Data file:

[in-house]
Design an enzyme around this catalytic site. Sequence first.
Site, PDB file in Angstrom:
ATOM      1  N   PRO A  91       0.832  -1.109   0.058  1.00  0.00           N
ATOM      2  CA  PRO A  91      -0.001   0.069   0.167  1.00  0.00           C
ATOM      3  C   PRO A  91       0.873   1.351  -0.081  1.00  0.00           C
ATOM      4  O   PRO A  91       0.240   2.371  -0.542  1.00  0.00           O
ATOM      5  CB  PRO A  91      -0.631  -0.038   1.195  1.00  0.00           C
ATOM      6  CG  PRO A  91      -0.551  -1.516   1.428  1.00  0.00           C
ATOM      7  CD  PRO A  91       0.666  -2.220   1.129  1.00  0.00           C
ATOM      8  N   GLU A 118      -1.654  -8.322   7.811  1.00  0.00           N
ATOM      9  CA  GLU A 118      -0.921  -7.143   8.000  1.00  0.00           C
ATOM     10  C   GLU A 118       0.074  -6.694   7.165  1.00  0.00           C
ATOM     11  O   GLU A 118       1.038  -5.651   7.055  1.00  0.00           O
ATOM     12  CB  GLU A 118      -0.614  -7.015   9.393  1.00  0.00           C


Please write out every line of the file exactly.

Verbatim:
[in-house]
Design an enzyme around this catalytic site. Sequence first.
Site, PDB file in Angstrom:
ATOM      1  N   PRO A  91       0.832  -1.109   0.058  1.00  0.00           N
ATOM      2  CA  PRO A  91      -0.001   0.069   0.167  1.00  0.00           C
ATOM      3  C   PRO A  91       0.873   1.351  -0.081  1.00  0.00           C
ATOM      4  O   PRO A  91       0.240   2.371  -0.542  1.00  0.00           O
ATOM      5  CB  PRO A  91      -0.631  -0.038   1.195  1.00  0.00           C
ATOM      6  CG  PRO A  91      -0.551  -1.516   1.428  1.00  0.00           C
ATOM      7  CD  PRO A  91       0.666  -2.220   1.129  1.00  0.00           C
ATOM      8  N   GLU A 118      -1.654  -8.322   7.811  1.00  0.00           N
ATOM      9  CA  GLU A 118      -0.921  -7.143   8.000  1.00  0.00           C
ATOM     10  C   GLU A 118       0.074  -6.694   7.165  1.00  0.00           C
ATOM     11  O   GLU A 118       1.038  -5.651   7.055  1.00  0.00           O
ATOM     12  CB  GLU A 118      -0.614  -7.015   9.393  1.00  0.00           C